RBS reports a record loss of 24 billion pounds


Royal Bank of Scotland just reported a record loss for a Britsh company of £24.1 billion pounds. That’s about £400 for every living sole in the country:

ByEdward Harrison

Royal Bank of Scotland (RBS) has announced the largest annual loss in UK corporatehistory.
RBS, which had to be bailed out by thegovernmentlast year, said that its 2008 loss totalled £24.1bn (£34.2bn). It also said it would put £325bn of toxic assets into a scheme that offers insurance for any future losses.

The Asset Protection Scheme, backed by taxpayers, aims to strengthen bank balance sheets and encouragebanksto lend more to firms and individuals.
Chairman Philip Hampton blamed the massive loss on the “unprecedented turbulence” in financial markets and deteriorating conditions around the world.
“We owe our continued independence to the UK government and taxpayers and are very thankful for their support,” he said.
He warned that 2009 would be another tough year.
The bulk of the losses came as RBS made a £16.2bn write-down on poorly performing assets, mainly resulting from its 2007 takeover of ABN Amro at the height of the boom.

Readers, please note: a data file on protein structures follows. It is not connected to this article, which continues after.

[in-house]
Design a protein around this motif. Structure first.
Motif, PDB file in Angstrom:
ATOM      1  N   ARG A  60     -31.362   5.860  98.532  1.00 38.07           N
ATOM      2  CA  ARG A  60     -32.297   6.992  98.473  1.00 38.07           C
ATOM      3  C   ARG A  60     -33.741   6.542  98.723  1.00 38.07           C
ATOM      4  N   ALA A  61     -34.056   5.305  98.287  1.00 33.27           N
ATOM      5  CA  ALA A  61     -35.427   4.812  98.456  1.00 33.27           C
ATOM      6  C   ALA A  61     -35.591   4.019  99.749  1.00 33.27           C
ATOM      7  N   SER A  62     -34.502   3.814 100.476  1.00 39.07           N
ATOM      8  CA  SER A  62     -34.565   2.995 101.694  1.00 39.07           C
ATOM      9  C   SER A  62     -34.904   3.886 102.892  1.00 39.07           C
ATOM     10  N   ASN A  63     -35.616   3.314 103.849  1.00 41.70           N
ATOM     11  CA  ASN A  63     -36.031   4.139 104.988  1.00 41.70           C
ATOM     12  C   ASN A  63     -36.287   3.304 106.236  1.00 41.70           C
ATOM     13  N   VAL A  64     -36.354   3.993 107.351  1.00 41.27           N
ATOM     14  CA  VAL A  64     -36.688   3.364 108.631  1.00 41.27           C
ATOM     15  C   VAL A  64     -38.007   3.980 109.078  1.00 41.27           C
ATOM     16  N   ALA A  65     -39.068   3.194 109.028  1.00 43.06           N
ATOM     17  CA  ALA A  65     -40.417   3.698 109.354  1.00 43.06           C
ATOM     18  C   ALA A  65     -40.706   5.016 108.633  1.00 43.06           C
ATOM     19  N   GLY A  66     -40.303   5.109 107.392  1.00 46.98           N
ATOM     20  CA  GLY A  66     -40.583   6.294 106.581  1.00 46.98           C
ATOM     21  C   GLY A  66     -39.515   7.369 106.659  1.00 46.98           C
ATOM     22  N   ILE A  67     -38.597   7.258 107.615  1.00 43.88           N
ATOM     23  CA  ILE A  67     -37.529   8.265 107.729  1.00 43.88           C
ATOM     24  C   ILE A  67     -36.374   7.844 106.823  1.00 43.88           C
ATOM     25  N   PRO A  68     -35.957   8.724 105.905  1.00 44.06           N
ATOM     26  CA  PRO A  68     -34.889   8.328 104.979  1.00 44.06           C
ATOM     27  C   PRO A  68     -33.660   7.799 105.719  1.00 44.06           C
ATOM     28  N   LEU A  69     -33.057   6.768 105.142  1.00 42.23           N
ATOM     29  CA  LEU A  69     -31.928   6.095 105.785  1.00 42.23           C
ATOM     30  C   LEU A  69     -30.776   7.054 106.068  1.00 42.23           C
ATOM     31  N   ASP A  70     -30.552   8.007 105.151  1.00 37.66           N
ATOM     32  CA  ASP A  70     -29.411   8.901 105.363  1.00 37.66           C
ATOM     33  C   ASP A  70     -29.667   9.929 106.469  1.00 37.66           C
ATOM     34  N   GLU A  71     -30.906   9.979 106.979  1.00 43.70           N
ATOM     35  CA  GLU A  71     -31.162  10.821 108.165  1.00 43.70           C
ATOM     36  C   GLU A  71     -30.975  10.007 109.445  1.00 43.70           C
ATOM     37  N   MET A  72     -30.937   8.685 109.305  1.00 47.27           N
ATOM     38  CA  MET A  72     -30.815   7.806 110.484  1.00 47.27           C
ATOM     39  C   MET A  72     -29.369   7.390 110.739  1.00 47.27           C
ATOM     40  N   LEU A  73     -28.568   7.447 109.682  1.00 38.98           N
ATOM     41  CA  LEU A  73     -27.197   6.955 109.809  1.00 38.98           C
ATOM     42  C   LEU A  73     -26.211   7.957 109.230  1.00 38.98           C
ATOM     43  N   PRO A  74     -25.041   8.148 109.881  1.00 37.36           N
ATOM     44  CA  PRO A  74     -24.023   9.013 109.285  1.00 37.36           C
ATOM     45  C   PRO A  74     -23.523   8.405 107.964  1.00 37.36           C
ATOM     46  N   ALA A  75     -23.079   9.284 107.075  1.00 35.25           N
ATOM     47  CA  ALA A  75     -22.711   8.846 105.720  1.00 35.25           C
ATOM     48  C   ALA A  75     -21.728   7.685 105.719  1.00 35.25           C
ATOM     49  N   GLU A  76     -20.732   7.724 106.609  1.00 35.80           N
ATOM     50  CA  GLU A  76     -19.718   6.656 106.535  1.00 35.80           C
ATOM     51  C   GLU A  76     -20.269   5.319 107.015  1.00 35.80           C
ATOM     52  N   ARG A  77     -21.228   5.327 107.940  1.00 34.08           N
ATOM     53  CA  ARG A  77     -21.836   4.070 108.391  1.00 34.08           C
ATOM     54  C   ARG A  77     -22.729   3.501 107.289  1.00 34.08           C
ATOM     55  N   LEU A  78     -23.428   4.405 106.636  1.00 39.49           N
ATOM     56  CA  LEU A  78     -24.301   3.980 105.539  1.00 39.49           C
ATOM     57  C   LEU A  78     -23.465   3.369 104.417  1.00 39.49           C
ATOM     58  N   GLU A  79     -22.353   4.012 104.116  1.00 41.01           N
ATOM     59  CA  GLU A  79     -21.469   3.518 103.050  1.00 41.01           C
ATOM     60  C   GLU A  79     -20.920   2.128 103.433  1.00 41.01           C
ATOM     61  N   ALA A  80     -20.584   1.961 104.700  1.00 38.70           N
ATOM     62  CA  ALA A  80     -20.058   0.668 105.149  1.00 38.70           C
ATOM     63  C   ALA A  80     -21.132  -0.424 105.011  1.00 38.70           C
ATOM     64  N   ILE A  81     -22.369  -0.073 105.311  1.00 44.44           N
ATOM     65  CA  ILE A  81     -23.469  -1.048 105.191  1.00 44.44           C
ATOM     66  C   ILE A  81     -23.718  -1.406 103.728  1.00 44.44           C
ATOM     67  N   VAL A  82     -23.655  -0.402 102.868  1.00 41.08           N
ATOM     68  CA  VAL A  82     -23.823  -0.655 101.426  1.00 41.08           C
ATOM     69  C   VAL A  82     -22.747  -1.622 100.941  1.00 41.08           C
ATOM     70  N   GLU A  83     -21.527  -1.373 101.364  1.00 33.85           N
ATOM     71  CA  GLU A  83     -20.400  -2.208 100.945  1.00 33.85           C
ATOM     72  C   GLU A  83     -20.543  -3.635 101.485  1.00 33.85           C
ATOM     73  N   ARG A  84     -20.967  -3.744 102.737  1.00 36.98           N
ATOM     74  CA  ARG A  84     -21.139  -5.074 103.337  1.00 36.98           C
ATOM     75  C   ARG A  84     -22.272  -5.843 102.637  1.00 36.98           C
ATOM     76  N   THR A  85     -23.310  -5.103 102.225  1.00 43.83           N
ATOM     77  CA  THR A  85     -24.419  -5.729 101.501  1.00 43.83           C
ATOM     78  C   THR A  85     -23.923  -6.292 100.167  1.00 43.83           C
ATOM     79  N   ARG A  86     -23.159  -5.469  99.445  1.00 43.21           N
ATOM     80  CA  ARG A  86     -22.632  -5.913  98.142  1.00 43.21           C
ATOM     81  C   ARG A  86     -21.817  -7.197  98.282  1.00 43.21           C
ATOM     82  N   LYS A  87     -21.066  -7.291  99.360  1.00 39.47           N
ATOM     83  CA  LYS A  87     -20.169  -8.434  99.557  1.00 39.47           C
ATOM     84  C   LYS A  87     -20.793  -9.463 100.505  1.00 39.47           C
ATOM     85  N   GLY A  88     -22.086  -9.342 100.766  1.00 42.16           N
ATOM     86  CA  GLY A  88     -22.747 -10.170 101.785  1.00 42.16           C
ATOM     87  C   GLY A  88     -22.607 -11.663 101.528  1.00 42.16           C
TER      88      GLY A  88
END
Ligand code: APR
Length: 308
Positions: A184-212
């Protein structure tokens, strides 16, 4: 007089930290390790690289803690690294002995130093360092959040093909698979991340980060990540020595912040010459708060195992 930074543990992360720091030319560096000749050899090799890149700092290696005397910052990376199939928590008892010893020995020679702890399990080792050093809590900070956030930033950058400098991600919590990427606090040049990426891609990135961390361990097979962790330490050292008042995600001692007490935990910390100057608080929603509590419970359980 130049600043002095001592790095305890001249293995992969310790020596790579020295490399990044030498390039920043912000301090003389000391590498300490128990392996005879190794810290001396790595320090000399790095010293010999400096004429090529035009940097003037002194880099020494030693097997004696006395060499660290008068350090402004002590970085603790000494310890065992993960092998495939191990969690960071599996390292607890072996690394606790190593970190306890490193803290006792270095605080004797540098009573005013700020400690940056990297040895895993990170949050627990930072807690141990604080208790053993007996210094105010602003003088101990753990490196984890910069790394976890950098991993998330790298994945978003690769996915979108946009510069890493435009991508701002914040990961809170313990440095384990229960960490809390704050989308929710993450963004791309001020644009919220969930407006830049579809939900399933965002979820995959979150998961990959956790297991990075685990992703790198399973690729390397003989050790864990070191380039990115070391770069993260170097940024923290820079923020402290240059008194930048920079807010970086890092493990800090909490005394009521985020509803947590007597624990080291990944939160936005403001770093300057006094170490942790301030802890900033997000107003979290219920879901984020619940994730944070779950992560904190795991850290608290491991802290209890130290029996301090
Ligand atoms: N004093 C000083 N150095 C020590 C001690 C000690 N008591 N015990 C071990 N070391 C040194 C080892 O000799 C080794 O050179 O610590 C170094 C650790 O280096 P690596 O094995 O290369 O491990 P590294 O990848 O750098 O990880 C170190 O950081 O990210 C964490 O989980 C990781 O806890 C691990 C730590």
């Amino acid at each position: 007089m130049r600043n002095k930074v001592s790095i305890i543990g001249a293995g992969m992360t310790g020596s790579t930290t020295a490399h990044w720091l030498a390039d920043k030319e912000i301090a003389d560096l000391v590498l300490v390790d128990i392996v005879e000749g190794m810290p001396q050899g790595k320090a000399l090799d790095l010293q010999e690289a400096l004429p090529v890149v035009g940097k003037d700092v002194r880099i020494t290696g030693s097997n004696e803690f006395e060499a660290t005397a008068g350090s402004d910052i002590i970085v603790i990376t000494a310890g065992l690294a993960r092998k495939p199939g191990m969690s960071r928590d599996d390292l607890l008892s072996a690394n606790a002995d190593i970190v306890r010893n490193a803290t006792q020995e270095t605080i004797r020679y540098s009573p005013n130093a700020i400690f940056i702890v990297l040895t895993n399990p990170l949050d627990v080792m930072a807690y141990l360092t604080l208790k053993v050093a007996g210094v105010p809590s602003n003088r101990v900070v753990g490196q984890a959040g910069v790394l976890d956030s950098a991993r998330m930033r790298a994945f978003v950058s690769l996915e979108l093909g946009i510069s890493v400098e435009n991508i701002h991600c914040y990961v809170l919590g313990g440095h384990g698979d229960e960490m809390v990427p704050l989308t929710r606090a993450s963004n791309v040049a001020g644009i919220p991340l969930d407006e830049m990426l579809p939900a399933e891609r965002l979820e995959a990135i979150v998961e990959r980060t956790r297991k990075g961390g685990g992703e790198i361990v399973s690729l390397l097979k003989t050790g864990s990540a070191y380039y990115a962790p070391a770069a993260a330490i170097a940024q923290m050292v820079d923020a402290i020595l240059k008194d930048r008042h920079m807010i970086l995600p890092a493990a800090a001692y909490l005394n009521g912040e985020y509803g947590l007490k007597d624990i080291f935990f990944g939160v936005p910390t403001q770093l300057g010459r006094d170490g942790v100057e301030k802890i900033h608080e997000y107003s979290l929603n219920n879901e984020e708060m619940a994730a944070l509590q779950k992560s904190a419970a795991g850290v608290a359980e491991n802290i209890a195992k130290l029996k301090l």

It said underlying losses totalled £7.9bn.

Well, I’m glad we cleared that up — the underlying loss was only £7.9 billion. Meanwhile, Sir Fred Goodwin who shepherded the organization until November has retired at 50 with a pension of £650,000 annually.

Sir Fred Goodwin, the former chief executive of Royal Bank of Scotland who was widely blamed for the bank’s demise, has begun drawing a pension of £650,000 a year, at the age of 50, prompting a Treasury investigation.
The pot from which Sir Fred draws his pension is worth £16 million.
UK Financial Investments (UKFI), the government body created to oversee its stakes in the banks, said it was “vigorously pursuing with the new [RBS] chairman whether there is any scope for clawing back some or all of this pension entitlement, and whether the board took the decision in the full knowledge of the facts.
“This is another example of the culture of rewards for failure that we are determined to sweep away for the future,” UKFI said in a statement.

Corporate trivia: which company previously held the record for the largest corporate loss in British history?

Vodafone: £21.9 billion.